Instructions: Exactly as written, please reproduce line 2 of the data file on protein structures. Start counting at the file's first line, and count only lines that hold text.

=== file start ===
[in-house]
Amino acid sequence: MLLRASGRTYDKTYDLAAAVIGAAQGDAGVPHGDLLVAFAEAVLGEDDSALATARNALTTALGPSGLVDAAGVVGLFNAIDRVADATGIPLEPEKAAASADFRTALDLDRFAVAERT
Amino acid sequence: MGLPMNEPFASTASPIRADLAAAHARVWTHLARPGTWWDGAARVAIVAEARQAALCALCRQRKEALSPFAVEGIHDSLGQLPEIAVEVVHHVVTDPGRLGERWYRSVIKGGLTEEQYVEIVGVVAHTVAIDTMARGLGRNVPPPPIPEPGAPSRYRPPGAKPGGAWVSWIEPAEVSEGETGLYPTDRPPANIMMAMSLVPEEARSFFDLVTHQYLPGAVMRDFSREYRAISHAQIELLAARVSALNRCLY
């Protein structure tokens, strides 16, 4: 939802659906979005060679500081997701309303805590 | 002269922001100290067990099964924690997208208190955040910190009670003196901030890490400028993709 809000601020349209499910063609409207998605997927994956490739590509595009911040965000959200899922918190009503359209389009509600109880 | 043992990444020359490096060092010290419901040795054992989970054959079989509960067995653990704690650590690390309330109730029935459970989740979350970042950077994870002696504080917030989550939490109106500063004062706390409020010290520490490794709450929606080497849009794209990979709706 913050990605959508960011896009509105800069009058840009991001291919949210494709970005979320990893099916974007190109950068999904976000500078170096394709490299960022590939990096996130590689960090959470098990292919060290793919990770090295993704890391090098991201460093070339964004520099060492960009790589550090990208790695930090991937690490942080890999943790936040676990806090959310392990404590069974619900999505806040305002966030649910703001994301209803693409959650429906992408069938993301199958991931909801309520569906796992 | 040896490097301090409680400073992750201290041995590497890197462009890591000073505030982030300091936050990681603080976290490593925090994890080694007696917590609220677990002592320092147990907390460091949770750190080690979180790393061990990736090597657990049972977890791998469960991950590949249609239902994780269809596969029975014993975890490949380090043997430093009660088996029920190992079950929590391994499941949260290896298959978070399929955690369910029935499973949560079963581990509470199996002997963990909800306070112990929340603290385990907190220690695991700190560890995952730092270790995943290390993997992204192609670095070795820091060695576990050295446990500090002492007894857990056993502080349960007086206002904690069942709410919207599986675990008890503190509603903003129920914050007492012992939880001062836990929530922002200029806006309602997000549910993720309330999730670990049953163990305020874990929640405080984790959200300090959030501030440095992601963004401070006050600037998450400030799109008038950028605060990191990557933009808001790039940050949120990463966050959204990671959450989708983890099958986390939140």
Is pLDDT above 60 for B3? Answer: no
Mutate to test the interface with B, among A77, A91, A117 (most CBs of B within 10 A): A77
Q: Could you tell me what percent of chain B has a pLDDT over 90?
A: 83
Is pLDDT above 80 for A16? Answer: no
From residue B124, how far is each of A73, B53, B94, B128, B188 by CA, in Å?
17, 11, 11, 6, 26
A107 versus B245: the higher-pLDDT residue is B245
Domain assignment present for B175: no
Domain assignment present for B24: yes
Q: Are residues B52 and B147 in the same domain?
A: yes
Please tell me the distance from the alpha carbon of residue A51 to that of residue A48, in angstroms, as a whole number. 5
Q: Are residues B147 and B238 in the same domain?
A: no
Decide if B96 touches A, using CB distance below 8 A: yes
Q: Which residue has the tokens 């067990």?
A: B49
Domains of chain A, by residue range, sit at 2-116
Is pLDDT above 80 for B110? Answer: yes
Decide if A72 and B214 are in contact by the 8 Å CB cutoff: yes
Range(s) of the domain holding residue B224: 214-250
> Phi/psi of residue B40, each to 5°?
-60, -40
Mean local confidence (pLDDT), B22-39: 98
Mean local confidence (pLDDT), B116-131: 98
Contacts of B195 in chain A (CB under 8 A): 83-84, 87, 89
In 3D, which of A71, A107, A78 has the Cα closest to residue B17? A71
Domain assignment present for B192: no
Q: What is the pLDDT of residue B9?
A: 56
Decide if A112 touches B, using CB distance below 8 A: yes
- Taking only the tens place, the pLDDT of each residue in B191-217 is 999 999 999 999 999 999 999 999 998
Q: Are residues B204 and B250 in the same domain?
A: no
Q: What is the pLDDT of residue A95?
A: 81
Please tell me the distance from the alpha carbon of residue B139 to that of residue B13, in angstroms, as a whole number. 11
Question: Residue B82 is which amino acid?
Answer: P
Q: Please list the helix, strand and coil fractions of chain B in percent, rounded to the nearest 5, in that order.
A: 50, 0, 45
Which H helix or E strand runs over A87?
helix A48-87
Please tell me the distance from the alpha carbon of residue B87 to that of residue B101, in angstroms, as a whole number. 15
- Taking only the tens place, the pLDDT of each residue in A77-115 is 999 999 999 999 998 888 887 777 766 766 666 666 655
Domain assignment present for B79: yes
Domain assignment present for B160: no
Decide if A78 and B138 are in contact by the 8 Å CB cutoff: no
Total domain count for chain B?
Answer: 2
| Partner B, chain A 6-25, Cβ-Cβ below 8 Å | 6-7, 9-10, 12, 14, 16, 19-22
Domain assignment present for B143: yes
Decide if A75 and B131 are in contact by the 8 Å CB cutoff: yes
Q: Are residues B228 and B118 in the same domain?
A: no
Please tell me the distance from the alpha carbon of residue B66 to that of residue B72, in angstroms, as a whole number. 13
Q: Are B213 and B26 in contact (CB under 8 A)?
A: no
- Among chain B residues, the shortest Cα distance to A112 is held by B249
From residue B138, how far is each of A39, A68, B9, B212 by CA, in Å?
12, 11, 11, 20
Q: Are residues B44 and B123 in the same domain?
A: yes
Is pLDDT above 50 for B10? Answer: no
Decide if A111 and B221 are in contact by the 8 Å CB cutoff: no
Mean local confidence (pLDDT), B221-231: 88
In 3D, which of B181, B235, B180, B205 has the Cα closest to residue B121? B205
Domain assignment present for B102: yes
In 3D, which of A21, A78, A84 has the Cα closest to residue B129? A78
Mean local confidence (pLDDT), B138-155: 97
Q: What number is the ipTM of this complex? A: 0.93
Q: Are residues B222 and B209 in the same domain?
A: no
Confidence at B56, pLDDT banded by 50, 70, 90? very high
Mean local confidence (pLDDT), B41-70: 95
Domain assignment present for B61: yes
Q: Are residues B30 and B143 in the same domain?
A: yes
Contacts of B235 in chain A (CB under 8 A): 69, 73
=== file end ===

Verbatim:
Amino acid sequence: MLLRASGRTYDKTYDLAAAVIGAAQGDAGVPHGDLLVAFAEAVLGEDDSALATARNALTTALGPSGLVDAAGVVGLFNAIDRVADATGIPLEPEKAAASADFRTALDLDRFAVAERT